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Red River Rising: The Anatomy of a Flood and the Survival of an American City
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Red River Rising: The Anatomy of a Flood and the Survival of an American City

4.09  ·  Rating details ·  35 ratings  ·  7 reviews
On April 19, 1997, in one of the most dramatic floods in U.S. history, more than 50,000 people abandoned their homes and businesses in Grand Forks, North Dakota. A nation watched as the heart of downtown, engulfed by a river, burst into flames above the water line. Like Sebastian Junger?s The Perfect Storm, Red River Rising is a compelling true-life narrative about the con ...more
Hardcover, 265 pages
Published April 5th 2004 by Borealis Books (first published 2004)
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4.09  · 
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 ·  35 ratings  ·  7 reviews


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Nancy Davidson
May 03, 2013 rated it it was amazing
I read Red River several years ago when Ashley taught a nonfiction writing class. I was very impressed with the breadth of her research. She created a complex analysis of tragedy and how to avoid it in the future. I learned about history, science, geography, policy and planning and the lives of those coping with the flood. She took the flood and illustrated how every walk of life is changed AFTER the water recedes.

She covered the politics of ruin, federal and small town agenda , economic winner
...more
Ben
Jun 27, 2008 rated it it was amazing
An essential book on not only the 1997 Red River flood, but on natural disasters in general. Shelby eloquently treads the line between a poignant narrative and a systematic view. She gives detailed explanations of how a river's crest is predicted, which includes a complicated web of hydrologic inputs and historical comparisons. She also dives into the personalities that drove the city's handling of the floodwaters, the melancholic aftermath, and even congressional involvement. Beyond the well-de ...more
James Norton
Dec 18, 2014 rated it it was amazing
This examination of the 1997 spring flood of the Red River has got a great ticking clock sense of urgency, a nuanced sense of the people involved in planning for and reacting to the disaster, and a real sense of insight into how public and private institutions function (or break) in a time of crisis. It's a great case study of an event that forever changed the communities it affected.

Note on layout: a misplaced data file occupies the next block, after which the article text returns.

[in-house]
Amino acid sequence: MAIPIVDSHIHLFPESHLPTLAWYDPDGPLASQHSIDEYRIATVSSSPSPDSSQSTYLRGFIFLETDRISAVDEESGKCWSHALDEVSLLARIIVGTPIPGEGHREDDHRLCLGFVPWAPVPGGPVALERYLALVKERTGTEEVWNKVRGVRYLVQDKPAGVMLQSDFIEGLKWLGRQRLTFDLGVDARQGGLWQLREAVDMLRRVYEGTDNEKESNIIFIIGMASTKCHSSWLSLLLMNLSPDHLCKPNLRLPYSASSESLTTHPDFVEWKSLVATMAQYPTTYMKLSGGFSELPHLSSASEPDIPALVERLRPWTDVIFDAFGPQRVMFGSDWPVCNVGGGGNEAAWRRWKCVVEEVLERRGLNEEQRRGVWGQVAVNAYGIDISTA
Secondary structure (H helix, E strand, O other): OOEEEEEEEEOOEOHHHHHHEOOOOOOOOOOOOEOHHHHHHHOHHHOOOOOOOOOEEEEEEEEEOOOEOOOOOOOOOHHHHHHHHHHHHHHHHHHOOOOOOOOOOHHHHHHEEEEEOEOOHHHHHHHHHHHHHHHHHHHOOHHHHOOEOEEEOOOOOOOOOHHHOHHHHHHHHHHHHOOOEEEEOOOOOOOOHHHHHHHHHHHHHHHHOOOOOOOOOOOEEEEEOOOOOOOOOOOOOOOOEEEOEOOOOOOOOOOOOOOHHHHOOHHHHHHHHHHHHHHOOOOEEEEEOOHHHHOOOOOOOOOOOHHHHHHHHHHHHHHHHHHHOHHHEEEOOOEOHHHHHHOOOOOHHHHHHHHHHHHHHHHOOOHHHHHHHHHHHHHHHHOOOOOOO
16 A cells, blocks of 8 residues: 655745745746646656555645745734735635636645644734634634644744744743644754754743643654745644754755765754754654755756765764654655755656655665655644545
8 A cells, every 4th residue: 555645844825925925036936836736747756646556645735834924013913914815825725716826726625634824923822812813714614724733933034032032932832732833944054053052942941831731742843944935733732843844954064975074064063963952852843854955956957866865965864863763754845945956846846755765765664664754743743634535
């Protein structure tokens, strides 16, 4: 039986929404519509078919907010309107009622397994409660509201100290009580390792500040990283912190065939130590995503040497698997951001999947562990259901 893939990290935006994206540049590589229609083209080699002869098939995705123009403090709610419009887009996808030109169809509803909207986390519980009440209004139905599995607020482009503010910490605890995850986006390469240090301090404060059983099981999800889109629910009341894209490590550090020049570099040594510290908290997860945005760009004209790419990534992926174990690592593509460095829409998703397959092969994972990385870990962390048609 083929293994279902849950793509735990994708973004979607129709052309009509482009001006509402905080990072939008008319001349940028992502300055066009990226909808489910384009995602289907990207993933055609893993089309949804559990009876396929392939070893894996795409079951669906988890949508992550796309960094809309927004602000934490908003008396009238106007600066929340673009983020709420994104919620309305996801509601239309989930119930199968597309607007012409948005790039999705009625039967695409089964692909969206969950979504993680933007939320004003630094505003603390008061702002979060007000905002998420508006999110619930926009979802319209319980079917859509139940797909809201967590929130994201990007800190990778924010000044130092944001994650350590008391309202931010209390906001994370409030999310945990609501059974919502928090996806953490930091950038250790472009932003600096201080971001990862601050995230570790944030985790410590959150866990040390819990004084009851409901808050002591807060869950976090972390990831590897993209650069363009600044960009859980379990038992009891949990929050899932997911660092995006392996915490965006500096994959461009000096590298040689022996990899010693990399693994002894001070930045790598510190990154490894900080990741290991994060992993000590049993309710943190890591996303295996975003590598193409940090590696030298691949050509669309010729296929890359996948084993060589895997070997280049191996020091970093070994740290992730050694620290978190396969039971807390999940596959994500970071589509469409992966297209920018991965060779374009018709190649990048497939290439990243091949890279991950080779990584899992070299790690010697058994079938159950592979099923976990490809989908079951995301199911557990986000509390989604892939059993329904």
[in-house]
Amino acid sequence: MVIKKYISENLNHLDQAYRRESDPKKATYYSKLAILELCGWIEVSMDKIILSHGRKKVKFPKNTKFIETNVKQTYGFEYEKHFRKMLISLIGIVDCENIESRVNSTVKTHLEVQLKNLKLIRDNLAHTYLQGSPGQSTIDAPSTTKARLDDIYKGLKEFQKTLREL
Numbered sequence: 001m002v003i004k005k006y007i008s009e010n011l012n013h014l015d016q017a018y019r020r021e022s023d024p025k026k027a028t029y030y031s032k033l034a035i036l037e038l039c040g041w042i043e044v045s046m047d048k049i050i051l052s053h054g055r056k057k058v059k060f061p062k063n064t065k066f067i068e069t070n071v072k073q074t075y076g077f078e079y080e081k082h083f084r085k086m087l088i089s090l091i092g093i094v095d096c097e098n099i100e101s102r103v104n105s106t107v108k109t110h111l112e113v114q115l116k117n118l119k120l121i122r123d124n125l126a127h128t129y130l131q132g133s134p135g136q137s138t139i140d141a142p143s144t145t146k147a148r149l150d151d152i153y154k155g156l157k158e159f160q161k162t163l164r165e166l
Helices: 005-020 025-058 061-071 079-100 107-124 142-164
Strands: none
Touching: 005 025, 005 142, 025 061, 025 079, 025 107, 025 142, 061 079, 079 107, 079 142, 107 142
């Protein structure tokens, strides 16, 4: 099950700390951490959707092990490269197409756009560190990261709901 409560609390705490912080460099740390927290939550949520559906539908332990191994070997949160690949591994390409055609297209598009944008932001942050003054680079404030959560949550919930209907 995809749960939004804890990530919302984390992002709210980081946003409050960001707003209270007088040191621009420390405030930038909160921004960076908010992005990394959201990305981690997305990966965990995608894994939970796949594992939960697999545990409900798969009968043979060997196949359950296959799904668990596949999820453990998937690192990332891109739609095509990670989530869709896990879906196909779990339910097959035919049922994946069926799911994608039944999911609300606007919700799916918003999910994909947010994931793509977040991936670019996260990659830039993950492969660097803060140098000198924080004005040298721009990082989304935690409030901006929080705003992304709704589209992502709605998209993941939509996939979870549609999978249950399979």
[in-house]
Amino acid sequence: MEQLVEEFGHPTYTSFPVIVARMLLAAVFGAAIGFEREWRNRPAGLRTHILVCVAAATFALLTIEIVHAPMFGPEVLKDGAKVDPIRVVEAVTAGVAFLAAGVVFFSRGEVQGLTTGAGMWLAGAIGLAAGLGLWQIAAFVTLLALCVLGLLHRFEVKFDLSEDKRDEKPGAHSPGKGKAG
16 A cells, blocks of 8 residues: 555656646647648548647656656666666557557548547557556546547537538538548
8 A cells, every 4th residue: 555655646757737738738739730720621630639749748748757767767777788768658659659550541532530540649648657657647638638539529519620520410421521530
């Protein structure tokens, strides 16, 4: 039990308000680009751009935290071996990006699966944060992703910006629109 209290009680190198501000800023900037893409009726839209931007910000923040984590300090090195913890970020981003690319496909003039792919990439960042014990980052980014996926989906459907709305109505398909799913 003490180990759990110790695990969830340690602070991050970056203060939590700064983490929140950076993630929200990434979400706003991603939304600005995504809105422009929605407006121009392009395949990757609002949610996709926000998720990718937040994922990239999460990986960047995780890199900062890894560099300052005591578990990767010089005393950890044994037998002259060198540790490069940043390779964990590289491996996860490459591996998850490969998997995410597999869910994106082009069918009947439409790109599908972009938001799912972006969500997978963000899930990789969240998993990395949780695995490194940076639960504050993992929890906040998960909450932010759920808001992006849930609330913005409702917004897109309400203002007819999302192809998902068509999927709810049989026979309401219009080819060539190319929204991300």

Robin
Dec 25, 2008 rated it really liked it
Shelves: non-fiction
Multi-perspective look at local tragedy. Feel hopeless of Grand Forks residents and scientists blamed for the unpredictability of nature.
John Benson
Oct 02, 2017 rated it it was amazing
We lived along the Red River during the flood of 1997 which devastated Grand Forks. Ashley Shelby wrote a well-researched book that she tells in an understated way. As the book goes along, you sense the power in the book as she brings out all the emotions of the main players and residents during the flood and in the years after the clean up. Shelby brings out how the flood brought everyone together during the fight but later how it tore the community apart. She does an especially good job at tel ...more
Jim
Oct 26, 2018 rated it really liked it
Excellent book.
Ashley
May 22, 2007 rated it it was amazing
Shelves: books-i-wrote
Not that I'm biased or anything, but...pretty good book.
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Ashley Shelby is prize-winning writer whose fiction and essays have appeared in Slate, The Seattle Review, The Portland Review, Los Angeles Review, J Journal: New Writings on Social Justice, LitHub, Sonora Review, Post Road, Southeast Review, Third Coast, and other literary outlets. She's received the Red Hen Press Short Fiction Award, the Enizagam Short Story Award, the Third Coast Fiction Prize, ...more